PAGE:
It was noted that one of the themes of the Labour manifesto was empowerment and providing people with the opportunity to have control over their own lives. Although it was acknowledged that it could be viewed as an underlying theme across the Corporate Plan, it was suggested that further thought should be given to strengthening this theme by including it as a separate priority within the Corporate Plan.

In response to a question about how the new operating model would allow services to be responsive to local need, it was highlighted that successful delivery would be dependent on the information and data available for each area.  At present the Council delivered a one size fits all service. If the pilots were successful then it could be transformative with services designed specifically for local areas.

There was a concern that the model could be taking a too top down approach and as such it was questioned how input from local residents could be used to inform services. In response it was highlighted that any project from the Council would initially start out from a top down approach, but with locality based work, it would allow officers to learn from the experience of residents and build trust within the local community. 

In response to a question about the different types of information used to inform the database for the project and whether research from the Fairness Commission had been included, it was advised that a wide variety of information was being used. Information provided by Councillors on their local areas would also form a valuable source of information for the project as it developed.

It was highlighted that being able to communicate the new approach to local residents would be key to the new model, as it was essential to take people along with the Council to ensure successful delivery. The pilots would give the Council the opportunity to develop new methods of communication with local communities on a smaller scale.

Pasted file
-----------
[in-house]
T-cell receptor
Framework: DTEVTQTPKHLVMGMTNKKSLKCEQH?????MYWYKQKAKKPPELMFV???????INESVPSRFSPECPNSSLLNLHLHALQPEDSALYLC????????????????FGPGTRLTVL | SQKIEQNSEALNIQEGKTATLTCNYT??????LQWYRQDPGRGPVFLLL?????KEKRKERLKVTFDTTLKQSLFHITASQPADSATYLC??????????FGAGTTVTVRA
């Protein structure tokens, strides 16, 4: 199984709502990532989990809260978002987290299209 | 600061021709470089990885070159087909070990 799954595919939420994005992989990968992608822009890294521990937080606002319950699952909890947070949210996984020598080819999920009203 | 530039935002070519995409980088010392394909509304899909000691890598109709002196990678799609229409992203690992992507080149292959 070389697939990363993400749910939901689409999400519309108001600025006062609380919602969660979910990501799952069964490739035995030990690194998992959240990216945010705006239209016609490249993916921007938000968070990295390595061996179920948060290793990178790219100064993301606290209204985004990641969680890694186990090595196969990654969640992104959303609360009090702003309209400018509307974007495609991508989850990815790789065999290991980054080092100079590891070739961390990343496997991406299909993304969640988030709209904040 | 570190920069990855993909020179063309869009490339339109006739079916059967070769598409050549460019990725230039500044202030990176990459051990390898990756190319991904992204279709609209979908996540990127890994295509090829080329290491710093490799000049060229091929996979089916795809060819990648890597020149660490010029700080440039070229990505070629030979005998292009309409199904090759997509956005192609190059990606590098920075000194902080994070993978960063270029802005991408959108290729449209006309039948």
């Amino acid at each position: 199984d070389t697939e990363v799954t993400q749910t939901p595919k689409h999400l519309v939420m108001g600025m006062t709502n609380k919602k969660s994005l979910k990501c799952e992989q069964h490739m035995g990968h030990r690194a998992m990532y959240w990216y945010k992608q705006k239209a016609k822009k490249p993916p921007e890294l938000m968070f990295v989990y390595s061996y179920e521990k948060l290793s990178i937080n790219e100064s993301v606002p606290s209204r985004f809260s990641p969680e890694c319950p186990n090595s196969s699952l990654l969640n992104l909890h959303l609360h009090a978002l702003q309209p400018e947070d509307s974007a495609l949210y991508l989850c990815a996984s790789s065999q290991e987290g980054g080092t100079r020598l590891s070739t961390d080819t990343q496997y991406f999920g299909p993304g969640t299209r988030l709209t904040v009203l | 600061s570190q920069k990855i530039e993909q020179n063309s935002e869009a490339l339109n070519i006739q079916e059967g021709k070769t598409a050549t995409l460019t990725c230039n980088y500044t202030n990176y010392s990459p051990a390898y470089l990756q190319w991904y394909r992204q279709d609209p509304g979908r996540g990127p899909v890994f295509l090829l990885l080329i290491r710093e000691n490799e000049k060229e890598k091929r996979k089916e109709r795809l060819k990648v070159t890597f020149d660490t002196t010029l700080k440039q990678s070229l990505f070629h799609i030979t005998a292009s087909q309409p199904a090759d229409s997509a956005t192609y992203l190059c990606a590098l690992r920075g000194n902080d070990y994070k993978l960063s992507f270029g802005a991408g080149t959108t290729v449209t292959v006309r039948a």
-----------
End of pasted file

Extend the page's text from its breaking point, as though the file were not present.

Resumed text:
In response to a question about the potential risks, it was highlighted that although the long term future for public services was largely unknown, it was likely that greater collaboration would be essential. There were also other unknowns such as the impact of Brexit, which meant that public services would need to be more creative about how services were delivered going forward.

From the section of the Chief Executive’s presentation focusing on the Council’s staff, the following points were noted:-

  • The Council employed 3,132 members of staff, 66.19% of which were female, 56.19% were Black, Asian and minority ethnic (BAME), 8.17% had a declared disability and 5% had a declared sexual orientation other than heterosexual/straight. However non-disclosure rates were 25%, which was considered to be high, with an aim to get this closer to 10%.
  • The last Staff Survey had been carried out in January 2018 and had a response rate of 75%, which was particularly encouraging in light of the 46% response rate of the previous survey in 2014. Highlights from the survey included 88% of staff recommending Croydon Council as an inclusive employer, 92% of staff feeling valued by their team and 87% of staff feeling valued by their line manager.
  • From the Survey, there appeared to be a concern amongst staff that there was limited opportunity for upward progression within the organisation with only 23% of staff feeling supported in their career progression. It was highlighted that work had been undertaken to improve access to secondments and provide increased opportunities for staff to act up, but it was recognised that this work would benefit from greater coordination.
  • There was also a view that some of the HR policies and practices were inconsistent and as such the staff networks would be involved in helping to address some of the identified weaknesses within the organisation.
  • A new appraisal process had been implemented for staff.  Previously appraisals had been linked to pay increases, but were now much more focussed upon good conversations with staff. The current appraisal rate was 88%, but it was acknowledged that this still required improvement.
  • A lot of work had been put into updating the Council’s diversity training, including the recent role out of unconscious bias training, with a view to tackling issues on BAME and disability employment.
  • Four separate Leadership Development Programmes had been developed, namely the Leadership Programme for Croydon, Leadership Effectiveness and Career Development for BAME Staff, Women’s Leadership Development Programme and Realising your Potential and Career Development for